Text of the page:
Originally posted on the Pursue blog.
Until recently, I’d never really identified with the Organics movement, felt compelled towards the little green and white label or put much stock in my peers’ obsession with pesticide free-food. I chalked it up to feeling overwhelmed by the system and told myself that it was okay to focus on food access, supporting all people’s right to eat locally and healthfully, regardless of the agricultural methods used. I chose a CSA that sets aside a certain number of subsidized shares for low-income families. But until last week when I found Bigfoot’s-cousin-in-the-form-of-a-worm in my salad, I’d never thought twice about whether or not my leafy greens were USDA certified organic.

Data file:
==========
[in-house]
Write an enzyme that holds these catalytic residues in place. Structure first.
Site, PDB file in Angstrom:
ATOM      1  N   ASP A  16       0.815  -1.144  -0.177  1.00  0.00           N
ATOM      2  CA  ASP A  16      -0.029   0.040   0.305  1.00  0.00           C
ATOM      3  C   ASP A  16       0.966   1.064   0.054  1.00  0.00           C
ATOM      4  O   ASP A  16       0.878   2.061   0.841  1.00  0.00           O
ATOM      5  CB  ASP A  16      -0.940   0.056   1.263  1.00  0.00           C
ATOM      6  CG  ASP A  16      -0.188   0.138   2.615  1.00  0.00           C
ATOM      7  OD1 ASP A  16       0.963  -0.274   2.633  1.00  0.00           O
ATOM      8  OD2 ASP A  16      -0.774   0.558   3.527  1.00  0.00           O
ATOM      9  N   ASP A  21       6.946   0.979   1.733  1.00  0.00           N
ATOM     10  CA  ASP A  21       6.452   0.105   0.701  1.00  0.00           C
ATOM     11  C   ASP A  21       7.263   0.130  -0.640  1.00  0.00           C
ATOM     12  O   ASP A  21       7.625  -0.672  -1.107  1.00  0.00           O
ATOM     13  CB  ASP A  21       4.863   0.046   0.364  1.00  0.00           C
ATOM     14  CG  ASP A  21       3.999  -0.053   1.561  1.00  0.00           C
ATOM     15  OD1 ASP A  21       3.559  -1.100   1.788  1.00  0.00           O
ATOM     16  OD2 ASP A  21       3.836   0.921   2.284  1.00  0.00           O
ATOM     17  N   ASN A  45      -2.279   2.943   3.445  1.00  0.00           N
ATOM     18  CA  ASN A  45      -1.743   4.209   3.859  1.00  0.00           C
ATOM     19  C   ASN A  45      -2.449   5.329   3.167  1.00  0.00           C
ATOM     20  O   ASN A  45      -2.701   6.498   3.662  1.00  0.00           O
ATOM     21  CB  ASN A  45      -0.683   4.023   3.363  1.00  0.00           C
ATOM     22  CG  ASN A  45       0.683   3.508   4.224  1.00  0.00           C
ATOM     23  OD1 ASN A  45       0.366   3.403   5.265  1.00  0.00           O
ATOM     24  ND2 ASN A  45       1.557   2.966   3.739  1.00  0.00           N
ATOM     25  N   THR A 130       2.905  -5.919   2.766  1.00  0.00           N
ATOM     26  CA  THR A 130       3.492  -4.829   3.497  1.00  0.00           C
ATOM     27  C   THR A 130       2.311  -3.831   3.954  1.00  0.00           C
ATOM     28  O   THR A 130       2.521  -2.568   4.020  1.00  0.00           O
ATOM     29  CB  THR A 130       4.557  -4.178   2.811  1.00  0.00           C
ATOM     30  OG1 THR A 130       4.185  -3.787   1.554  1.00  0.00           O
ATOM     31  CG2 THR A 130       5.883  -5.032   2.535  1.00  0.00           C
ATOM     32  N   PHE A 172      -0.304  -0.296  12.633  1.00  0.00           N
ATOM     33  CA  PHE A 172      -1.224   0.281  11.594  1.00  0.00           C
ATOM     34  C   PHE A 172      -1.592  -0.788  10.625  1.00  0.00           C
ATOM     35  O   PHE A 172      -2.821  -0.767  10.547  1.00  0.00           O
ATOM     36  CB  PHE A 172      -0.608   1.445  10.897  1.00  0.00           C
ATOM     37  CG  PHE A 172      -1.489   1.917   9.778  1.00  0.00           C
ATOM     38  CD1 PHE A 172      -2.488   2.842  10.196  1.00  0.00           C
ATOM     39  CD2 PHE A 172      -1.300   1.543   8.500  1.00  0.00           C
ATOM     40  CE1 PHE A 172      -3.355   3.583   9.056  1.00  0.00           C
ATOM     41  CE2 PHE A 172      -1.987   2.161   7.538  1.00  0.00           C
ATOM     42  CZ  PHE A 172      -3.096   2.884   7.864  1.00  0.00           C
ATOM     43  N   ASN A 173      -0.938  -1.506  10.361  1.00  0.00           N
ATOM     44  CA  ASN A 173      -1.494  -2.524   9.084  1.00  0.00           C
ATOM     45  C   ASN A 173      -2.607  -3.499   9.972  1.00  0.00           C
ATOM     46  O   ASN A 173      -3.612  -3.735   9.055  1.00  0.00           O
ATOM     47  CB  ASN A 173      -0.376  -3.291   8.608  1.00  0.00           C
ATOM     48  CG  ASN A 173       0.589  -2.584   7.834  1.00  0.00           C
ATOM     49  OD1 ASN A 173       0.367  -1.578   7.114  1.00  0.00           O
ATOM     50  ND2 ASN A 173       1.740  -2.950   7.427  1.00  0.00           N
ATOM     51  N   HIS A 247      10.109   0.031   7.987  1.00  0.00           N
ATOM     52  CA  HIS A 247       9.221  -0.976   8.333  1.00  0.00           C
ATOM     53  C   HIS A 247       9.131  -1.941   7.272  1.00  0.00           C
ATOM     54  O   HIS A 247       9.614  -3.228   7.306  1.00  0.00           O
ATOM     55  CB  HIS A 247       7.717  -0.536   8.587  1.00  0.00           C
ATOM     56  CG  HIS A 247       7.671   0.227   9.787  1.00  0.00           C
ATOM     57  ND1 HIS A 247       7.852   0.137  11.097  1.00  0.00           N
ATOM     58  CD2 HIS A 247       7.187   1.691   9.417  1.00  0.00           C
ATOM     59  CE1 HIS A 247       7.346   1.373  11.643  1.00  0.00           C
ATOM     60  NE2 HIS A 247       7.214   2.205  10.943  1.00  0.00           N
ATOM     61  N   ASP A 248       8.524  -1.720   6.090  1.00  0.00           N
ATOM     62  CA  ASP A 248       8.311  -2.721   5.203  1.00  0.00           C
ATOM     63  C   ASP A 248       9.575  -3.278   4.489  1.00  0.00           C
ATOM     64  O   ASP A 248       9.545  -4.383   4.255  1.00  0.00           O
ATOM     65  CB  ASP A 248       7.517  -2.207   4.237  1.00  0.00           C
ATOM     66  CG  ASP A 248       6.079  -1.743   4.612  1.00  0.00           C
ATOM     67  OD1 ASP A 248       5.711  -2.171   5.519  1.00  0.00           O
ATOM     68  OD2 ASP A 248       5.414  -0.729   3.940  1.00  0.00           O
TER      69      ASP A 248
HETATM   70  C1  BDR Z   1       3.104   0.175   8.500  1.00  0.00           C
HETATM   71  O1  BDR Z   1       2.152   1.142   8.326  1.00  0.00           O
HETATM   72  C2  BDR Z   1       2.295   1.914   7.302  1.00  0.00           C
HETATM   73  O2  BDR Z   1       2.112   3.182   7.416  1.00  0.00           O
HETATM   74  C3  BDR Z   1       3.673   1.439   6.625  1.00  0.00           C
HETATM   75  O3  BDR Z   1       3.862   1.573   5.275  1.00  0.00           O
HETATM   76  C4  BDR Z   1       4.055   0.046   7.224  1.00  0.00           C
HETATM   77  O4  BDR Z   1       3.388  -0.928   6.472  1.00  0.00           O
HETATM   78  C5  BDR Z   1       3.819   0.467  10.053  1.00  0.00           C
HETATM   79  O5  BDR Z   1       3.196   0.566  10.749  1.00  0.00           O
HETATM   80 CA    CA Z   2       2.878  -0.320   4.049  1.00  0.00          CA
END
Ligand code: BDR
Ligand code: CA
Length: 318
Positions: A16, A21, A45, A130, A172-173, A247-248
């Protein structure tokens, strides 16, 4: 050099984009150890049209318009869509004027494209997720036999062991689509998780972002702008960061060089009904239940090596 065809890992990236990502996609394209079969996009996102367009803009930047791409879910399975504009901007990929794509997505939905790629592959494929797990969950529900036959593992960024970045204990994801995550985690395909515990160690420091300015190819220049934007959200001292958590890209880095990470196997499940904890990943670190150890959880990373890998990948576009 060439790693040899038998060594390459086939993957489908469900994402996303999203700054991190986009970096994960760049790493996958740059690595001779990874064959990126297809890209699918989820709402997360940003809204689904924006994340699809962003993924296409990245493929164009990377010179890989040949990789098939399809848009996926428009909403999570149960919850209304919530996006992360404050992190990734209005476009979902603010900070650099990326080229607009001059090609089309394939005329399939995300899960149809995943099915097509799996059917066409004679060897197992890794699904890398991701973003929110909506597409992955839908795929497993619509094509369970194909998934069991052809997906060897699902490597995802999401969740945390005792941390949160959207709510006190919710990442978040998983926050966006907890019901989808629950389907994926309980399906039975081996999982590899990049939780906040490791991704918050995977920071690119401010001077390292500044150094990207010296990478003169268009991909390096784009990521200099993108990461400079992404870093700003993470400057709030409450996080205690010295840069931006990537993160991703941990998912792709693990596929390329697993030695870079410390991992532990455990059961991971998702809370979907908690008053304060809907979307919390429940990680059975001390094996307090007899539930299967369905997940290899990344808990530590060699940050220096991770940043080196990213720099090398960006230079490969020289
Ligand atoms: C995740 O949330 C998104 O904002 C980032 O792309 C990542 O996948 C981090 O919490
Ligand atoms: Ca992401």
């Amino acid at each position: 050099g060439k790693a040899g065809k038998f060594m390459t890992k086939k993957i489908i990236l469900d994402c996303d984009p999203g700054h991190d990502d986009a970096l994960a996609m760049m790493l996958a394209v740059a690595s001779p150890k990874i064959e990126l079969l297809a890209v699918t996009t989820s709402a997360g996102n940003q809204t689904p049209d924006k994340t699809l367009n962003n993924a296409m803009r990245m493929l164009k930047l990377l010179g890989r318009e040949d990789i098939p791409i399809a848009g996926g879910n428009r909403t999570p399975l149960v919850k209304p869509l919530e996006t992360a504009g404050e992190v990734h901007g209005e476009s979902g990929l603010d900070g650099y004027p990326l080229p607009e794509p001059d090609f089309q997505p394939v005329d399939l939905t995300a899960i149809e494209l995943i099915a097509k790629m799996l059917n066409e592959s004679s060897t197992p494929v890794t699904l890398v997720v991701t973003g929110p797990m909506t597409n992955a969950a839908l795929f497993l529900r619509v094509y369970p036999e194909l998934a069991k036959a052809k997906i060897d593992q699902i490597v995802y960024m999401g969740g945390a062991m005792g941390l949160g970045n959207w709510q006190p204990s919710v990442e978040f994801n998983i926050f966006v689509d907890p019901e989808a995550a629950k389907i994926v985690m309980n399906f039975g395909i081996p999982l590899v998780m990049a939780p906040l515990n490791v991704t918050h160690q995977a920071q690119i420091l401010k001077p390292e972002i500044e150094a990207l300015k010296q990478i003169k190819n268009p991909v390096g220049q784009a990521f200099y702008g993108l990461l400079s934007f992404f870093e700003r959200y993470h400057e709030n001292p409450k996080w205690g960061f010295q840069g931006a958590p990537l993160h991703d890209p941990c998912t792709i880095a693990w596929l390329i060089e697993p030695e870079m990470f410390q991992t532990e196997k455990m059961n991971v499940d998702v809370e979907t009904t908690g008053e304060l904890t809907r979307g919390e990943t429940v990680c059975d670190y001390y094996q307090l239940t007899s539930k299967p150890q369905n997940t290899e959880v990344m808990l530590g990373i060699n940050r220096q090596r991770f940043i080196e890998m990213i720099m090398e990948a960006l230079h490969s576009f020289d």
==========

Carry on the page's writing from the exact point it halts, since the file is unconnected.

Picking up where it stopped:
Tuesday night, at a screening organized by the Brooklyn Bridge CSA, a volunteer-led project of Pursue, the film What’s “Organic” about Organic? laid bare the scientific, social, and economic importance of the organic farming movement. Farmers and pundits told the story of the 1990 Organic Foods Production Act, the pioneering document that led to USDA standards and certification for organic foods. As these farmers spoke, it was clear to me that issues of food sovereignty are bound up with the way our food is grown, right down to the chemicals used. Read More